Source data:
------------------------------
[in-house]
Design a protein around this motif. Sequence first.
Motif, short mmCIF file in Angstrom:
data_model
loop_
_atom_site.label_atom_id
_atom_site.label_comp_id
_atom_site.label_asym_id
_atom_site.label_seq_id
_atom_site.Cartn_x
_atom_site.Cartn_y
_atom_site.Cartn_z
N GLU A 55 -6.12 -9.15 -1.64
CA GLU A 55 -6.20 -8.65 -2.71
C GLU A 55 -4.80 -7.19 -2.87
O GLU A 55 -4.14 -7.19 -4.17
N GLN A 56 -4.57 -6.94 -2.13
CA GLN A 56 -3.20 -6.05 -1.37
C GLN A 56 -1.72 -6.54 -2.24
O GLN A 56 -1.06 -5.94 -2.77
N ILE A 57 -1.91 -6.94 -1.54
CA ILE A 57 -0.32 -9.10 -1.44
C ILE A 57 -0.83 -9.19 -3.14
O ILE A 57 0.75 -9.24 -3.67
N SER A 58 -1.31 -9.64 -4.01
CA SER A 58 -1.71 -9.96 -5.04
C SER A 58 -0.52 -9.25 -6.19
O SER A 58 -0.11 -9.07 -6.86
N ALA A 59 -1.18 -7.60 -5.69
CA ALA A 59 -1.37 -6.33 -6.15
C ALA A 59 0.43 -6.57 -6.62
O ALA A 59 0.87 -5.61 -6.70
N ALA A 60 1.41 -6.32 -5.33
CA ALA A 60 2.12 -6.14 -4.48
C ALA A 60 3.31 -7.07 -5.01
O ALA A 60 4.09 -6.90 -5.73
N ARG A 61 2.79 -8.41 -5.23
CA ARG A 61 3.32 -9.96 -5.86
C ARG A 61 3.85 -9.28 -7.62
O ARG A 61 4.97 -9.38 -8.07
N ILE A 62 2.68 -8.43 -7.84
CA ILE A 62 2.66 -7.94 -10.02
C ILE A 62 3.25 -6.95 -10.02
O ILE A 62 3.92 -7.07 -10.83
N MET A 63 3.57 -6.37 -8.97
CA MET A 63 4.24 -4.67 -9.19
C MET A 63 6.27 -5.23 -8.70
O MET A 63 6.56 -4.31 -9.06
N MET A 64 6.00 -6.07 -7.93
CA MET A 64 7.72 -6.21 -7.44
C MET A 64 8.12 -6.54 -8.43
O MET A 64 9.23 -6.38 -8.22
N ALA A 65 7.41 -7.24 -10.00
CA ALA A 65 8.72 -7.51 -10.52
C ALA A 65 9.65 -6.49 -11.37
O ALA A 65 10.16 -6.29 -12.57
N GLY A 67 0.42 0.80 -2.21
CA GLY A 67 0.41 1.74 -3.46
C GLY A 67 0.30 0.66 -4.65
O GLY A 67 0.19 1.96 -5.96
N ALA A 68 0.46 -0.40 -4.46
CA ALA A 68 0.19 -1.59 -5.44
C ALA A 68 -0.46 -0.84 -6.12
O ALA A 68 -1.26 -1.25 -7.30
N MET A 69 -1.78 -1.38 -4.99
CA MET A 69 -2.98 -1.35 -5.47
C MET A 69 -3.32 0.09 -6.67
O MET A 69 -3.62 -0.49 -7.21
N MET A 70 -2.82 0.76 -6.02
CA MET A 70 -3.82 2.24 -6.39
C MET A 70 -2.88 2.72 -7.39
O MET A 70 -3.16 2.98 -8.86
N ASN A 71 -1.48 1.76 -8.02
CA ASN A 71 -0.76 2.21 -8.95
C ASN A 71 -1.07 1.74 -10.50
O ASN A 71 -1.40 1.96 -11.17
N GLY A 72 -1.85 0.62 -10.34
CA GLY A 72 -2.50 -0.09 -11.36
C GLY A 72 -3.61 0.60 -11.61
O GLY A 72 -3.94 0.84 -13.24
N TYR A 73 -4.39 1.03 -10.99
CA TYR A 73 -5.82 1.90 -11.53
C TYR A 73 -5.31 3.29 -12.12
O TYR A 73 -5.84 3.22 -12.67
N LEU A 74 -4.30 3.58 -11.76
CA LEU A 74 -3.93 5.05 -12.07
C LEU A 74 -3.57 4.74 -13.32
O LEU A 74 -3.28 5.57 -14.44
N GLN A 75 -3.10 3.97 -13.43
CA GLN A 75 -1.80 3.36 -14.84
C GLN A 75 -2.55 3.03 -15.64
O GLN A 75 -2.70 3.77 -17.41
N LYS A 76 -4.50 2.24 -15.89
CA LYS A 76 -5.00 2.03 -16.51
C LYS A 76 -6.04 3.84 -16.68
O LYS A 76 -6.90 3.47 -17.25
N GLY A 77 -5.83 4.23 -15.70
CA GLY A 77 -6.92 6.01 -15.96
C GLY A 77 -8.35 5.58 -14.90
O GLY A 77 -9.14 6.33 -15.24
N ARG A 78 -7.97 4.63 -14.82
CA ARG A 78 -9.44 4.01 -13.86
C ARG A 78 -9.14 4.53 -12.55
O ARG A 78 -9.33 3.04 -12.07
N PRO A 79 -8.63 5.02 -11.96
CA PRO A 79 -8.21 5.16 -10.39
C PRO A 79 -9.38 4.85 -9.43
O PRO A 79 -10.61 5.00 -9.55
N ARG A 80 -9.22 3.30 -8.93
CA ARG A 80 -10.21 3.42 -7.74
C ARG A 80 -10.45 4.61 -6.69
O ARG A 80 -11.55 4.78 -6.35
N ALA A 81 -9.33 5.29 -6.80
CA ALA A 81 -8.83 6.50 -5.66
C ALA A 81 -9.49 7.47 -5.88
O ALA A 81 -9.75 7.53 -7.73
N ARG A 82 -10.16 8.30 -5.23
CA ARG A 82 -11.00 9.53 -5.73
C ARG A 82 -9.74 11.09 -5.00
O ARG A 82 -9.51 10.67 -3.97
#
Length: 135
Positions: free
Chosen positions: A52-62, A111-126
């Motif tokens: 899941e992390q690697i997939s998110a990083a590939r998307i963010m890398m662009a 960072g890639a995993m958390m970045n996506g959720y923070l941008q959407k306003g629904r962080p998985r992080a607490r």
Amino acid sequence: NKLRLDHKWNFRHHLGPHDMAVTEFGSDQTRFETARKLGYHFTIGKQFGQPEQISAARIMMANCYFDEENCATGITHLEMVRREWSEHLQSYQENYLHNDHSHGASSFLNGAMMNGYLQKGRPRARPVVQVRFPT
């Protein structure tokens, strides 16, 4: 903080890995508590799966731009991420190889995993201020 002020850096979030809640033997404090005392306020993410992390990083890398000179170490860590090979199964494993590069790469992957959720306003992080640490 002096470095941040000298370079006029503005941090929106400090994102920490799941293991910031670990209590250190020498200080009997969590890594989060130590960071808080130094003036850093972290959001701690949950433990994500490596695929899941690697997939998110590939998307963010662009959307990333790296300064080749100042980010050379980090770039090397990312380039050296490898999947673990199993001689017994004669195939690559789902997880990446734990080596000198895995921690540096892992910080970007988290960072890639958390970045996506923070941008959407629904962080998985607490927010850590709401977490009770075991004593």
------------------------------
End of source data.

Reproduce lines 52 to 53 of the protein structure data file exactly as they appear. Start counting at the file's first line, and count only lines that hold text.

O MET A 64 9.23 -6.38 -8.22
N ALA A 65 7.41 -7.24 -10.00